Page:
What upsets customers the most about fieldbuses?

To the extent that manufacturers are still using them to create barriers, people are annoyed. It is only natural to ask, "Now wait a minute, if my kid can play Quake over the Web with some kid in Singapore, then why will your PLC not talk to my encoder?" On the other hand, some companies love fieldbuses. Most people in the semiconductor business are happy with DeviceNet. I think it all comes down to the sophistication of the customer - how capable he is of taking a powerful tool and using its full potential.

What upcoming consumer technology will impact our industry the most in the future?

If you look at all the webcams and digital cameras out there, it is pretty clear that vision systems are going to get a lot cheaper; they already have come down significantly. It is going to be interesting to watch new applications develop that were formerly cost-prohibitive. Another interesting thing is to note how little of the consumer robotic technology, as in the Sony AIBO, has reached the automation world. But it will, and in the future it will be much easier to automate the assembly of complex products. That kind of innovation, by the way, is what automation companies are going to have to do to keep their prices from being driven into the ground by commodity consumer technologies.

Do you think Linux will impact our industry?

Yes, I think it already is - but more in terms of philosophy and expectation than actual market share. If you look at Europe, there is definitely more comfort with all things open, including Linux in automation. The European culture is inherently more geared towards open solutions, as we have already seen with the Euro currency and the faster adoption of industrial networks. The main problem with Linux is that it is driven by idealism, and the automation definitely is not idealistic. It is as pragmatic as can be. So Linux will succeed when people sell its practicality rather than its ideals.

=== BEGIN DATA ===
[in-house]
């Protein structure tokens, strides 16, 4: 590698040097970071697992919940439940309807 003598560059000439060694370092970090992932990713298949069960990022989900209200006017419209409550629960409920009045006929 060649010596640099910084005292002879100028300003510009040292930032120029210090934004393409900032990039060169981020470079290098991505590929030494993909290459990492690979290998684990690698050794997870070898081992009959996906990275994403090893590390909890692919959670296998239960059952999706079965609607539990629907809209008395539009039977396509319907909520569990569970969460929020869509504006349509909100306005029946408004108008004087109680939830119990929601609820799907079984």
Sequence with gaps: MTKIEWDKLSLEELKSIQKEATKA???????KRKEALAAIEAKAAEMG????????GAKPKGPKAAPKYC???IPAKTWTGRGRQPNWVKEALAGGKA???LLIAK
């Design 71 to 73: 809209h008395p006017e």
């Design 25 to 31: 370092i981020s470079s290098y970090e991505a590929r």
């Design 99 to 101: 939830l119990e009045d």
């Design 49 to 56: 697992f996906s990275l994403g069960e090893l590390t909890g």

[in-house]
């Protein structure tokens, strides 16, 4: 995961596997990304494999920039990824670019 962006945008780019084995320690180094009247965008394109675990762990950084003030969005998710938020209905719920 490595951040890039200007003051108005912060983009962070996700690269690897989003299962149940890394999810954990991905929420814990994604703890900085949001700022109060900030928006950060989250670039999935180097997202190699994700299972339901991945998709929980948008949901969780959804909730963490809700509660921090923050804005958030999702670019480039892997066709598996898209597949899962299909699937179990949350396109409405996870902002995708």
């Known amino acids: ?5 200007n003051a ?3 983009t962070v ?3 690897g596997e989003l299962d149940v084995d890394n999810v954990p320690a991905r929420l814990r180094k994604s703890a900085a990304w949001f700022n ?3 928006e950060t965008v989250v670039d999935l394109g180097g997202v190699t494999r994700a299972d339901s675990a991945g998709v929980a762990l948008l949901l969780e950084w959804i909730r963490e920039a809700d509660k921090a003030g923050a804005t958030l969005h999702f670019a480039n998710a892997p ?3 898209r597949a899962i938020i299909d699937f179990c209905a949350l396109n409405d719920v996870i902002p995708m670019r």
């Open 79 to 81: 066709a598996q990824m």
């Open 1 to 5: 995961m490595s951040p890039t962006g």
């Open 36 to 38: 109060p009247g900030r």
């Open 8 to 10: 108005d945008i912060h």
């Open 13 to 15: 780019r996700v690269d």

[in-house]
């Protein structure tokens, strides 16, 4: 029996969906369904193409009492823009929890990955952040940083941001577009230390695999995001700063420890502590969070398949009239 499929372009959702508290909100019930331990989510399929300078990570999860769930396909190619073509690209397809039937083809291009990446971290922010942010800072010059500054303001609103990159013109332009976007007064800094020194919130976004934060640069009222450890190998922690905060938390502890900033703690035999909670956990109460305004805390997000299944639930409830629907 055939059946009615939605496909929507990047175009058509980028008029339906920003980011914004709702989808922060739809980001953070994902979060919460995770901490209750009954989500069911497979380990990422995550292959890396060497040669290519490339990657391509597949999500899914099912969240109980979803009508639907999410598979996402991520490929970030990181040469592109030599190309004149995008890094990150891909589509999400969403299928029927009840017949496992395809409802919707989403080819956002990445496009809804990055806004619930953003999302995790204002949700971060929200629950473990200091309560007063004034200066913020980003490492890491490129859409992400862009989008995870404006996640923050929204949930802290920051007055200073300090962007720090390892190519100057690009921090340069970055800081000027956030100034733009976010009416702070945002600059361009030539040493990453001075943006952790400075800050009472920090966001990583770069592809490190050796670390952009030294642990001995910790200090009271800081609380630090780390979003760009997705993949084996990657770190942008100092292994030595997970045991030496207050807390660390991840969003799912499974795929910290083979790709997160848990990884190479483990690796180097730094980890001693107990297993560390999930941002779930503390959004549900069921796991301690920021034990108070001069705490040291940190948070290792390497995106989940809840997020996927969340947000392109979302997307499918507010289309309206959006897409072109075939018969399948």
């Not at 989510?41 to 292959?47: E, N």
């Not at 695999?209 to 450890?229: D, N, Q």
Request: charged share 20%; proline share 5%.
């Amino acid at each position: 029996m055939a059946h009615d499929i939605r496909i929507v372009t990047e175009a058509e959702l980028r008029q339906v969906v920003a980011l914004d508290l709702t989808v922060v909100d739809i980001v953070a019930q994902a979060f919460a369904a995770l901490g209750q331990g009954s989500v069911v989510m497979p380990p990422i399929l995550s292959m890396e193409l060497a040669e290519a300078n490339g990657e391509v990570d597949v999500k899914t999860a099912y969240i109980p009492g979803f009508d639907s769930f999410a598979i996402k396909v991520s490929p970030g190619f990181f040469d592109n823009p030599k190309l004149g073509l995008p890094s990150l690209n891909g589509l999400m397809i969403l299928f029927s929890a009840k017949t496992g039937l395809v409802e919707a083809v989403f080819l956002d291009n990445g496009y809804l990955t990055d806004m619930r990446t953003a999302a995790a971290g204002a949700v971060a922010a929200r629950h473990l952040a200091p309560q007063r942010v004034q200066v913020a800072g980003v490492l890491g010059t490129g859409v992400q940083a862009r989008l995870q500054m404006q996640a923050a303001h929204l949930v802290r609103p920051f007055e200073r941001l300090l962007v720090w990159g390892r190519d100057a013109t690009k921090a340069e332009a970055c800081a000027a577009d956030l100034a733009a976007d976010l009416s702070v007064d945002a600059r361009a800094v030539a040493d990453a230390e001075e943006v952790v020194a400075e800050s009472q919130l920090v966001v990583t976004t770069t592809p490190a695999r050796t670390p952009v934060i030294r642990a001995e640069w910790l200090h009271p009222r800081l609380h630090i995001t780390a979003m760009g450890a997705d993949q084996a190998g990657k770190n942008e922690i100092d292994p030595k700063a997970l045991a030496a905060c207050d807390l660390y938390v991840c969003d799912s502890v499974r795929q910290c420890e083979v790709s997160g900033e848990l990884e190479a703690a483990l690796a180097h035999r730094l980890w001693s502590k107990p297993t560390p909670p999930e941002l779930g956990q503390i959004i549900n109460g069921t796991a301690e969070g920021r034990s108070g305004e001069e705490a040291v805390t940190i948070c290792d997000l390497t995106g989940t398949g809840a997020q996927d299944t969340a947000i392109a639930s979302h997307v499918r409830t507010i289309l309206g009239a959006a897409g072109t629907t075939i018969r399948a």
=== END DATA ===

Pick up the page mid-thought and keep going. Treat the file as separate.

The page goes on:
How are the big companies coping with open standards?

They are doing everything they can to impede the process. In InTech I said that Allen-Bradley might consider supporting ModBus/TCP protocol after their market share falls below 40%. And I have always said that the Foundation Fieldbus committee was a great way to delay the progress of open standards for 12 years while appearing to embrace them. But even for FF, it was inevitable that a standard would eventually emerge and now it is popular. I see a great opportunity for small companies who want to create innovative products, but I do not expect that most of the big companies will seize the opportunities. Their management will blame their problems on the recession while they continue to perpetuate their happy slogans and outdated business models.

Is this a good time to be in business?

My observation is, it is good if you are a small innovative company. It has been good for me. It is a lousy time if you work for a company that is so big that the sales department is on the first floor and marketing is on the fourth floor. With the economy being what it has been, I think it is a great time to think about starting something new.

Perry Marshall's website is: www.perrymarshall.com. Contemporary Controls is at www.ccontrols.com. For further information about industrial networking contact Contemporary Controls' local representative, Electronic Products Design, 012 665 9700.